Alright, it’s drizzling in LA. It’s been overcast for an hour and (along with the rest of the city) my seasonal-affective-disorder is kicking in.
In my cynical state, I thought I would share a little metaphor that I was discussing with some filmmakers at an artists’ club in SoHo in the wee hours.
What is the value of niche/art film if no one ever sees it? If you’re making obscure little indie films that no one ever sees but which you really enjoy, are you really just doing it for your own pleasure? And isn’t that kind of like masturbation? Moreover, if art film is masturbation, then that would make their opposite, studio tent pole event movies… prostitution?
|Picasso's Les Mademoiselles d' Avignon|
Don’t get me wrong – I’m not placing judgement on what kind of films people choose to work on. I have friends who write tent poles and friends who make movies for an audience of one… and I’m mighty proud of all of them actually. Hell, I’m proud of anyone who gets any sort of movie made. Lord knows it ain’t easy.
I’m just trying to figure out what the balance is, if indeed there is a balance. Maybe there’s a different answer for everyone. Film is art, film is commerce. There is a large gray area between those extremes and I think that they have a lot to learn from each other.
The studios spend lots of time and market research developing films in the hopes of reaching as large an audience as possible. Films for everyone - it sounds like the perfect marriage between communism and capitalism – ideally hit all four quadrants of viewers: men and women, young and old. I would argue that these films are less about individual expression and more about their ability to please, their broad appeal. Unless of course they are made by Pixar. Talk about balance. They’ve managed to support artistic vision and reach the masses. Bravo, Pixar.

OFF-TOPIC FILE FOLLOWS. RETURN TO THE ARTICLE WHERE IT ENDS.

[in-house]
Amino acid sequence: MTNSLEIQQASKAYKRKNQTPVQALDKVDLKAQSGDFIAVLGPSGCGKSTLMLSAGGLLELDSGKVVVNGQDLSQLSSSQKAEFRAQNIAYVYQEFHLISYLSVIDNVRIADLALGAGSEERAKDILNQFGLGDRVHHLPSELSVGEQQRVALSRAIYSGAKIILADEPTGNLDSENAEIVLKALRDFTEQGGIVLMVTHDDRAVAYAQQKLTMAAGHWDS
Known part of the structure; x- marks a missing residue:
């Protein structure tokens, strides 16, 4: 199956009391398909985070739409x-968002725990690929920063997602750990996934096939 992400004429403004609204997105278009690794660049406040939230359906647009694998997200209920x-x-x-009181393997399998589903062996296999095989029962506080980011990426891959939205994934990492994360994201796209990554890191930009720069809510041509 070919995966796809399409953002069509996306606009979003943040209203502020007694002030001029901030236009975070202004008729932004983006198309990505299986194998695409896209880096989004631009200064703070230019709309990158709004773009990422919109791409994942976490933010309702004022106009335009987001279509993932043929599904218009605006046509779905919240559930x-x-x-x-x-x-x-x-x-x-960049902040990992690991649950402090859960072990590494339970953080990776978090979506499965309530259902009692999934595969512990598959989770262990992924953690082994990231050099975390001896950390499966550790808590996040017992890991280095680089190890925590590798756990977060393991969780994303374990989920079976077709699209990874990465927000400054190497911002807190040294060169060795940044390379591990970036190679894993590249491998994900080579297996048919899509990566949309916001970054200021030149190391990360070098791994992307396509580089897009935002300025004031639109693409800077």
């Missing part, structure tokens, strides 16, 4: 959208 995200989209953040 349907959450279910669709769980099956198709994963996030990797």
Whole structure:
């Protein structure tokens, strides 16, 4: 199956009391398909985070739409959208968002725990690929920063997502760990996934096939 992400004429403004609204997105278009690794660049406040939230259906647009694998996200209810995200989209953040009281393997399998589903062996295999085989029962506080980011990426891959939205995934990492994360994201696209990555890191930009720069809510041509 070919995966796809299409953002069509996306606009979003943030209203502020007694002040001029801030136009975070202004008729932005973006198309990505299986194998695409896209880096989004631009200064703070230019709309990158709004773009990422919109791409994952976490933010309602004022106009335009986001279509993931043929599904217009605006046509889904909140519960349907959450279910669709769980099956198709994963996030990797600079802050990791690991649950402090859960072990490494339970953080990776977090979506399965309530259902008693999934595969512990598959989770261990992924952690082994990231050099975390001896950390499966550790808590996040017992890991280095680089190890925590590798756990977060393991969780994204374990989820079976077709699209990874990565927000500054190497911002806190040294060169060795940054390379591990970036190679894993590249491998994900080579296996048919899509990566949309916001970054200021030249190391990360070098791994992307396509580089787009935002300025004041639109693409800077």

Alright, so that’s the model of successful balance on the top tier – what about for us indie folk? How do you create film that pushes the limits and is a true creative expression of your yearning little artistic soul and ensure that lots of people are going to want to sit in the seats munching popcorn for two hours of it? We can’t hire Tom Hanks (or let’s face it, even get a read from his agent’s assistant). As an independent filmmaker, how do you balance?
Finding the balance as an indie filmmaker -- using cinema as a tool for artistic expression while also getting people to actually SEE the films that I am pouring my heart and soul into… that’s the goal. So, maybe there is compromise on the road to independent distribution. What that is, I have no idea. I get the sense that I’m opening a can of worms here… maybe I’m just trying to incite someone to comment on this blog!!!! I guess really, I’m hoping that somewhere in the large gray area between masturbation and prostitution is… making love.